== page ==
Environmental geography examines interlinkages between human and natural systems. This discipline combines parts of human geography and physical geography, serving not only as an important link between the two but also to generate new understandings of the ways environment and society are related and affect each other.
- 1 Introduction
- 2 History of environmental geography
- 3 Branches of environmental geography
- 4 Selected list of notable environmental geographers
- 5 Related disciplines
- 6 References
History of environmental geography
Geography's origins lay in the linkages of human and natural systems. Early geographic study was tied to exploration and cartography as well as understanding the distribution of natural phenomena.
In the early twentieth century, environmental geography was strongly tied to the single idea of environmental determinism, the doctrine that human activities are controlled by the environment. Scholars in this field attempted to create a causal science creating ties between environmental causes and human results.This belief has waxed and waned over the years, but found dominance within the field of human geography in the work of such scholars as Americans Ellen Churchill Semple and Ellsworth Huntington, and Briton Halford Mackinder whose work traced linkages between natural and human patterns, following in the tradition of the German Friedrich Ratzel. The theories of environmental determinism are quite controversial and linked to Social Darwinism, utilized to justify colonial expansion and racial typecasting, and Ratzel, as Hitler's geographer, was influential in German expansionism.
Today, environmental determinism is disfavored, replaced by ideas of environmental influence (where nature shapes but does not mandate human activity), and complex multi-directional influences between nature and society. Carl Sauer's work was important in showing how humans change nature as well as nature shaping humans.
Separation of human and physical geography
The twentieth century saw increasing specialization within the discipline of geography. Scholars began to study either human or physical geography, but rarely blended both. Notable exceptions to this rule include Gilbert White whose work on hazards linked both human and natural influences into the study of disasters.
Renewed study in nature-society relations
Branches of environmental geography
Hazards research includes study of human-made (anthropogenic), natural environmental and blended disasters. Hazards frequently studied include: fire, drought, earthquakes, floods, volcanoes, hurricanes, tornados, toxins, pollution, and more. This study is intricately tied to risk analysis.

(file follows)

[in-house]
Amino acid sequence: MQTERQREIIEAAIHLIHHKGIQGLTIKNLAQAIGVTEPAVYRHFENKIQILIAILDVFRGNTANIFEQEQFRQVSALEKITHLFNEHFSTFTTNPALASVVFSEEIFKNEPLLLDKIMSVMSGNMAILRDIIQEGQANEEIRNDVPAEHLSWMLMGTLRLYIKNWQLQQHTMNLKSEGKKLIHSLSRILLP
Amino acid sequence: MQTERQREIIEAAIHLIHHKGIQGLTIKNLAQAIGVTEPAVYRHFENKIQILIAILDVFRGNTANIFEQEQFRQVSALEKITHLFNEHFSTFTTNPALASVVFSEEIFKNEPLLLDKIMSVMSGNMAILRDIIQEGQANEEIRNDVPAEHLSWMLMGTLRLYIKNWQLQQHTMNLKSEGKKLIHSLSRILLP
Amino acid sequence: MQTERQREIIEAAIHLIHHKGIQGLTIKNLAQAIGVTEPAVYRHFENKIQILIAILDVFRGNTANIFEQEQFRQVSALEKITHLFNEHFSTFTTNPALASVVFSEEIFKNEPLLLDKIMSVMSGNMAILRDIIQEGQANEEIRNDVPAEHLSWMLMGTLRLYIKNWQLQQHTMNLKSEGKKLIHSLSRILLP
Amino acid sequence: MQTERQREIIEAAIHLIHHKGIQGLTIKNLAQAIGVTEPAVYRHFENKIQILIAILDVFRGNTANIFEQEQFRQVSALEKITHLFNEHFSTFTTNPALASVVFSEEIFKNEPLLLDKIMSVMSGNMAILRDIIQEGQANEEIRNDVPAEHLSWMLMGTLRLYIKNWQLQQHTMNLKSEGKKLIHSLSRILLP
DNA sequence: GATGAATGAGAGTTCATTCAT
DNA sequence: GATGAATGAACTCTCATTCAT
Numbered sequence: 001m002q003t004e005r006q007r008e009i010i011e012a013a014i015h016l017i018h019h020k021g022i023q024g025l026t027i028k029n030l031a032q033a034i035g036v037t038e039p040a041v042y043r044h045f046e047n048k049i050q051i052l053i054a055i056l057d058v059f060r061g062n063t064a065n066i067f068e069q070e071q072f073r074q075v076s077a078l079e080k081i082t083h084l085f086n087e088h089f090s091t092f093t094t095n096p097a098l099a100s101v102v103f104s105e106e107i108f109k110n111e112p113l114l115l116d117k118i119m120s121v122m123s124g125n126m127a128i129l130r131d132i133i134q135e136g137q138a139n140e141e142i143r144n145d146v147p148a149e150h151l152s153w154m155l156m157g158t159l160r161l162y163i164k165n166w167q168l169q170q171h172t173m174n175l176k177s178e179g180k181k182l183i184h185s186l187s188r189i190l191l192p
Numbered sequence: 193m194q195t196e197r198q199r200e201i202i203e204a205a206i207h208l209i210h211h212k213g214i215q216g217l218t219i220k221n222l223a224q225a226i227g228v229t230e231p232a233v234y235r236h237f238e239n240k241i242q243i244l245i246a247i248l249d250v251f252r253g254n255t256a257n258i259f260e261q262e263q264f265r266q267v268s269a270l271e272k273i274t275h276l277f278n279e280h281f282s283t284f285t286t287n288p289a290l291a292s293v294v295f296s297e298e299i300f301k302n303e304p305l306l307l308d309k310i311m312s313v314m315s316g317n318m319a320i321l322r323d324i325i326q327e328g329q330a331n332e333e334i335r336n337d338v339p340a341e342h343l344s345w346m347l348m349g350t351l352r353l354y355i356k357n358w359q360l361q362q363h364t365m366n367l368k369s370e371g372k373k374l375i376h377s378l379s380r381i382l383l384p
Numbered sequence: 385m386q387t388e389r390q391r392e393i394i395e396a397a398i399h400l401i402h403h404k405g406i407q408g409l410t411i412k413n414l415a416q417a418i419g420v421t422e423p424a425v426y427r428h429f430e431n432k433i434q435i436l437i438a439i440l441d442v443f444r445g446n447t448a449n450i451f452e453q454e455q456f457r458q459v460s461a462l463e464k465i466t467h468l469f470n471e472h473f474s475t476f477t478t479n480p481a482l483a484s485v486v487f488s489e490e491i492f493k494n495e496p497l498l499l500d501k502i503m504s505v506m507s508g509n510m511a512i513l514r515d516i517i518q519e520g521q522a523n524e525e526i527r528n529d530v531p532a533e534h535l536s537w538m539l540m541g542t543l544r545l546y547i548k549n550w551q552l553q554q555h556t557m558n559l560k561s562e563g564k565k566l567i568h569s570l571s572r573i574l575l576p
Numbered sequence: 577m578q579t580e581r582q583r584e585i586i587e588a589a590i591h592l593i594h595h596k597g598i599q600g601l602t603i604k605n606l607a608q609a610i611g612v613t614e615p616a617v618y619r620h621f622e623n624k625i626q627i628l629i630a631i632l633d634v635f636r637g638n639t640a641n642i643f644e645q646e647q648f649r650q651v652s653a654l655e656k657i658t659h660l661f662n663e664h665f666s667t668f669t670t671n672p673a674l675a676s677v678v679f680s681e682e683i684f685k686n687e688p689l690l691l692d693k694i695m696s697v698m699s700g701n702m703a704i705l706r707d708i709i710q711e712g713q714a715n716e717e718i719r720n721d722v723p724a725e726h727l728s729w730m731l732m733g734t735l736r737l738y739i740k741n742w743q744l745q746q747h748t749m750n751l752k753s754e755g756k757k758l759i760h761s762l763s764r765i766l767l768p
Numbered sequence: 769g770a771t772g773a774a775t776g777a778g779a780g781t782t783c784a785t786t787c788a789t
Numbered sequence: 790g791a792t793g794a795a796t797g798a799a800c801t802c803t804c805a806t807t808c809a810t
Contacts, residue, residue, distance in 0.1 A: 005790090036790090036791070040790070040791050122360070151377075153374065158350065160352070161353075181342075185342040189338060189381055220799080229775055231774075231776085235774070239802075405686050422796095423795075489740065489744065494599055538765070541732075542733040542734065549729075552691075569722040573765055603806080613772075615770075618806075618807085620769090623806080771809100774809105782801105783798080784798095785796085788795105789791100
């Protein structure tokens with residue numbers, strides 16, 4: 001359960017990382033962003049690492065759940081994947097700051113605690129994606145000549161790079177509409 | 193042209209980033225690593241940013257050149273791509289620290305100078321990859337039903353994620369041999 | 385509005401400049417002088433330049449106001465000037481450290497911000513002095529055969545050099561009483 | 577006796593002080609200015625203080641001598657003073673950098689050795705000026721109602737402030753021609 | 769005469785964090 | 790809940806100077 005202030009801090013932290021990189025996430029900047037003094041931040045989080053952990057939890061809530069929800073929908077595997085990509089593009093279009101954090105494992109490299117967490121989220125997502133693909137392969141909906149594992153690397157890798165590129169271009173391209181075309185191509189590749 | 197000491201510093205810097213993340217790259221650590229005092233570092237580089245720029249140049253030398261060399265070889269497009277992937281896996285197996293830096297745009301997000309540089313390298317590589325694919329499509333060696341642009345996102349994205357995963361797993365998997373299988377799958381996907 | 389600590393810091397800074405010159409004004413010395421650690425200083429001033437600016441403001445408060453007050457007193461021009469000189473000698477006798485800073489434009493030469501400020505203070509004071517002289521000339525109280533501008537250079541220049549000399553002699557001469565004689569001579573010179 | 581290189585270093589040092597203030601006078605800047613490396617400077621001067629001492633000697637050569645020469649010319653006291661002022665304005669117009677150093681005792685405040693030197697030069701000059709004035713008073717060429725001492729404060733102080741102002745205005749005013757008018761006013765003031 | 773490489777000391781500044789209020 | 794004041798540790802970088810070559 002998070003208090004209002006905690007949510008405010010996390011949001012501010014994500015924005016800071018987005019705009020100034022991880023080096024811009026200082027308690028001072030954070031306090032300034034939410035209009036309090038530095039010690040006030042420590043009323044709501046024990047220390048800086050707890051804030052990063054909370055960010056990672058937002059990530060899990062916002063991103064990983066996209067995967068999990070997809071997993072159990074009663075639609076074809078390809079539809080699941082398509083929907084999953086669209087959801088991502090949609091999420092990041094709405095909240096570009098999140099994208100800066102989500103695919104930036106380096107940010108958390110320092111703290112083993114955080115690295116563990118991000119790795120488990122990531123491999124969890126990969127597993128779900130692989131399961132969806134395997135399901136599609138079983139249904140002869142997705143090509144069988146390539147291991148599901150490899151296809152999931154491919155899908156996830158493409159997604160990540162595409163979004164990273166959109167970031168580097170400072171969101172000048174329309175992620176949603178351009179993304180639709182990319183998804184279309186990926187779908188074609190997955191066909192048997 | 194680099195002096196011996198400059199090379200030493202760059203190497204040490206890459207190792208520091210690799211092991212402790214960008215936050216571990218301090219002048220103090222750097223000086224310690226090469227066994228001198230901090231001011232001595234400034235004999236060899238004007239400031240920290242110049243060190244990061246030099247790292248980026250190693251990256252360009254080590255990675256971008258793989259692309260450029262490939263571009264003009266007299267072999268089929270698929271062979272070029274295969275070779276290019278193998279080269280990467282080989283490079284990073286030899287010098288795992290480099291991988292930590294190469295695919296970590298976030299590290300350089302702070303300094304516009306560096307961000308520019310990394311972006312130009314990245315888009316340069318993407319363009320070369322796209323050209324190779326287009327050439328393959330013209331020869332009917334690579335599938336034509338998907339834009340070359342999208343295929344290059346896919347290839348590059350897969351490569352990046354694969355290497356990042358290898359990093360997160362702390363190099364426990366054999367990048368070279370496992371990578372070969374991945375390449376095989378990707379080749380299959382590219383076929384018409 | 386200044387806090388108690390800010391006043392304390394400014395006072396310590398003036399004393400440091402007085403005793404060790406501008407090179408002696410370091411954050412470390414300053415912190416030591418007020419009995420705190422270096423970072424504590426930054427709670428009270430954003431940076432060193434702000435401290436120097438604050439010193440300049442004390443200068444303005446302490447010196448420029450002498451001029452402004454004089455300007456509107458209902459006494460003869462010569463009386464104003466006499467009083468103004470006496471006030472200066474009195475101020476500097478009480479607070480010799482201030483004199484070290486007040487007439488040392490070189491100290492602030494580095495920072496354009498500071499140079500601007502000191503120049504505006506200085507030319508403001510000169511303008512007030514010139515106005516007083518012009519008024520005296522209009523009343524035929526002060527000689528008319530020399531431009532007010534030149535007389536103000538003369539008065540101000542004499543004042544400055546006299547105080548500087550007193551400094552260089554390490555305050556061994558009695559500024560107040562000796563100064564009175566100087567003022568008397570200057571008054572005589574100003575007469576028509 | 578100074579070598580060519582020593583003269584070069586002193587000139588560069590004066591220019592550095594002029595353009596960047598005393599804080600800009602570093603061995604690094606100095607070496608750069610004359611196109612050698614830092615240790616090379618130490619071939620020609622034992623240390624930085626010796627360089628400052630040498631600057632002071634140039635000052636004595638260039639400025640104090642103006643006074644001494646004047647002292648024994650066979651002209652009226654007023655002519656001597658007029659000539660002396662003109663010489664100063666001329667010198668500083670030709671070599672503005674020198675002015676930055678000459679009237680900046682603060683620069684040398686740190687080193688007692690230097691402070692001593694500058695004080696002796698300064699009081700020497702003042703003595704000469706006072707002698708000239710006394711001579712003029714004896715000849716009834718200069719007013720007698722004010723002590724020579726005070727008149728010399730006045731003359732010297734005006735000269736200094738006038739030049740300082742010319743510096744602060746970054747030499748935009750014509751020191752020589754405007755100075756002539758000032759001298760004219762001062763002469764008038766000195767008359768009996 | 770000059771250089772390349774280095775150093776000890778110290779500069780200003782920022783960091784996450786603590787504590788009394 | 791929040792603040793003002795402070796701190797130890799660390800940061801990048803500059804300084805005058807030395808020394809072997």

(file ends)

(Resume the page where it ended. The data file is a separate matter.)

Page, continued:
Energy and resource geography
Energy and resource geography studies the spatial placement, interrelations, place-based effects, and human-environment connections of natural resources and energy generation.
Study in political ecology incorporates political, economic, cultural, and social systems into the study of the environment and ecological change. Much work in this field focuses on the complex interdependences and interrelationships between human and environmental systems.
Environmental perception is the study of both individual and group understandings of the environment, the creation of those understandings, and their impacts on decisionmaking.
Landscape studies involves the interactions between humans and the environment in concrete areas. The term landscape comes from the German Landschaft, referring the the area that one's eye can comprehend in a single view. This work includes study of both physical and human systems, with much attention paid to cultural, political, and aesthetic aspects. Carl Sauer's work traced the transition from a physical landscape to a cultural landscape, marked and defined by human activity.
Marxian environmental geography
Environmental geography is one of many disciplines active in the study of sustainability and sustainable development. Work in this branch includes economic, social, and environmental development. Specific topics include food, energy, the built environment, population, consumption, modernization, conservation, globalization, and others.
Environmental justice is a term that includes both the academic study of disparate environmental impacts as well as activism to address those impacts. This body of study grew out of the anti-toxic movement of the 1980's, and the findings of the time that environmental harms often correlated with race, class, or other axes of difference.
Selected list of notable environmental geographers
- Gilbert White (1911-2006) - central figure in natural hazards research
- Carl Sauer (1889-1975) - developed idea of cultural landscapes which evolved into cultural ecology
- Yi-fu Tuan (1930-) - seminal work in environmental perception
- Michael Watts - political ecology and development
- Environmental history
- Environmental studies
- Environmental science
- Environmental policy
- Environmenal psychology
Johnston, R.J., D. Gregory, G. Pratt, and M. Watts (eds.) (2000) The Dictionary of Human Geography. Malden, MA: Blackwell Publishing. 958 p.
Castree, N. (2005) Nature. New York: Routledge. 281 p.